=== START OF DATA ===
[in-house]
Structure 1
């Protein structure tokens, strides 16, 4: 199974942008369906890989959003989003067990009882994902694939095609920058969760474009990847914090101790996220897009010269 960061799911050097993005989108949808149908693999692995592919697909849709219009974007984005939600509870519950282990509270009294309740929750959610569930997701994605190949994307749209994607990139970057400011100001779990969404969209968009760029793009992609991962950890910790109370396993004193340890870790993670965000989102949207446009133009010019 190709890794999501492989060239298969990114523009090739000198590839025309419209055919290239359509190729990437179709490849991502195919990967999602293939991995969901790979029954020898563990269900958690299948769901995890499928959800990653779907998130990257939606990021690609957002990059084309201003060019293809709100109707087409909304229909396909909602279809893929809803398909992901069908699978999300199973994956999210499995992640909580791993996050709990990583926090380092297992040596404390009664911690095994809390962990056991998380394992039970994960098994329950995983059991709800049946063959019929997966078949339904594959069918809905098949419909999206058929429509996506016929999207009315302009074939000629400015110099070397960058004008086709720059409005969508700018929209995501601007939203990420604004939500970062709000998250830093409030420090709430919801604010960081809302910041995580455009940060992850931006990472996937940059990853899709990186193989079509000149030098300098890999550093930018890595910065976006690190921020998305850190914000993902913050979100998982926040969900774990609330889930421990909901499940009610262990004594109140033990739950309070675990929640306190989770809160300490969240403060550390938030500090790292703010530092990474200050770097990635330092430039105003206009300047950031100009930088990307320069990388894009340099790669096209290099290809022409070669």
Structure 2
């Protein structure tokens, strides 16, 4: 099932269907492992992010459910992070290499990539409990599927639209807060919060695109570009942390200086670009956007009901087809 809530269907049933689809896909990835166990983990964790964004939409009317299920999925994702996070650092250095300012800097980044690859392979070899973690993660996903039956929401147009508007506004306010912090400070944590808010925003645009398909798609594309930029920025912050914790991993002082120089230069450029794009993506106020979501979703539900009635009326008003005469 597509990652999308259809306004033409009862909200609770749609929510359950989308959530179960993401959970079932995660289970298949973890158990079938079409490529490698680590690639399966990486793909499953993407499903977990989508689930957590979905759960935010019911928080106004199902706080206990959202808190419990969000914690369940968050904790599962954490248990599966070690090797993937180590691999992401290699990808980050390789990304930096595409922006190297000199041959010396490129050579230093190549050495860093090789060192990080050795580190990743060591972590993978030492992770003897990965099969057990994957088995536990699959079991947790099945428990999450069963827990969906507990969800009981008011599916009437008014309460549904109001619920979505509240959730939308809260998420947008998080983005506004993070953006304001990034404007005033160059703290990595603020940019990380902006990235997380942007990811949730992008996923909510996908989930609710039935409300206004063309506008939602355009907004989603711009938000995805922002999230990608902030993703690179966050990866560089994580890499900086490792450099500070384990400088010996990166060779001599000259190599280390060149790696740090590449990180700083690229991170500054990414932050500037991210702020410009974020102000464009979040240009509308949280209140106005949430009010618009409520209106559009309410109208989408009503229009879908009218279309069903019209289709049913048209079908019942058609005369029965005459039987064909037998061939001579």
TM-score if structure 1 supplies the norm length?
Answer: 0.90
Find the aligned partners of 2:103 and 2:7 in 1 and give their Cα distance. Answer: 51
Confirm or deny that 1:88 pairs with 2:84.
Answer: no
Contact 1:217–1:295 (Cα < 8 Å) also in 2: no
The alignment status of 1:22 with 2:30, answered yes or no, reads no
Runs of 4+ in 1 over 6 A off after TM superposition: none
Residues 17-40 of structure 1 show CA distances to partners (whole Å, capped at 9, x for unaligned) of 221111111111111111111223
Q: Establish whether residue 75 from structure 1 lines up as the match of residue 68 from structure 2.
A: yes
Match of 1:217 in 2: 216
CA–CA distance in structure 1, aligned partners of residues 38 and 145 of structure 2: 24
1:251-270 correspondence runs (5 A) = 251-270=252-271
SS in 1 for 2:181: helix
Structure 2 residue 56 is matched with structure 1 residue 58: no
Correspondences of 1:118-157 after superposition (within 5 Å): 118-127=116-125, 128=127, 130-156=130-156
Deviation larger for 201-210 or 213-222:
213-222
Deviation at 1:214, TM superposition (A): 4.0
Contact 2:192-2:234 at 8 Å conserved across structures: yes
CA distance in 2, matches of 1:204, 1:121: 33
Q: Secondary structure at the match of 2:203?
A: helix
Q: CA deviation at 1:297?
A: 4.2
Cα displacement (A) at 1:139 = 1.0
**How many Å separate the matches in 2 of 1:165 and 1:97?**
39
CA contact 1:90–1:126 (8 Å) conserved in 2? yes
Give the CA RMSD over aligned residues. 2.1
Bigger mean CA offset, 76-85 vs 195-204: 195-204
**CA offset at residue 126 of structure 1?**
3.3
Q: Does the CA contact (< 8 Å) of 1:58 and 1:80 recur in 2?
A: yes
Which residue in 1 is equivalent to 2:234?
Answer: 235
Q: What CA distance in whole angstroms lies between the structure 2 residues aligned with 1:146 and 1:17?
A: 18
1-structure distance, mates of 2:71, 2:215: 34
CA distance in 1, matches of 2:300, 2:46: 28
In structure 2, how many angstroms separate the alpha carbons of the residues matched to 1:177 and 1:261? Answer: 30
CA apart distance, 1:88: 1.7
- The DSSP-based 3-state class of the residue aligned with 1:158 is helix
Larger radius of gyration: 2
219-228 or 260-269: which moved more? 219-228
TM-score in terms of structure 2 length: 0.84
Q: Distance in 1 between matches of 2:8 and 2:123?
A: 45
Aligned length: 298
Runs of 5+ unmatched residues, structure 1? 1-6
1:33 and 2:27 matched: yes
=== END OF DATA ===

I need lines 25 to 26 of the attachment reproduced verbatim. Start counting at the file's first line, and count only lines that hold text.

Deviation at 1:214, TM superposition (A): 4.0
Contact 2:192-2:234 at 8 Å conserved across structures: yes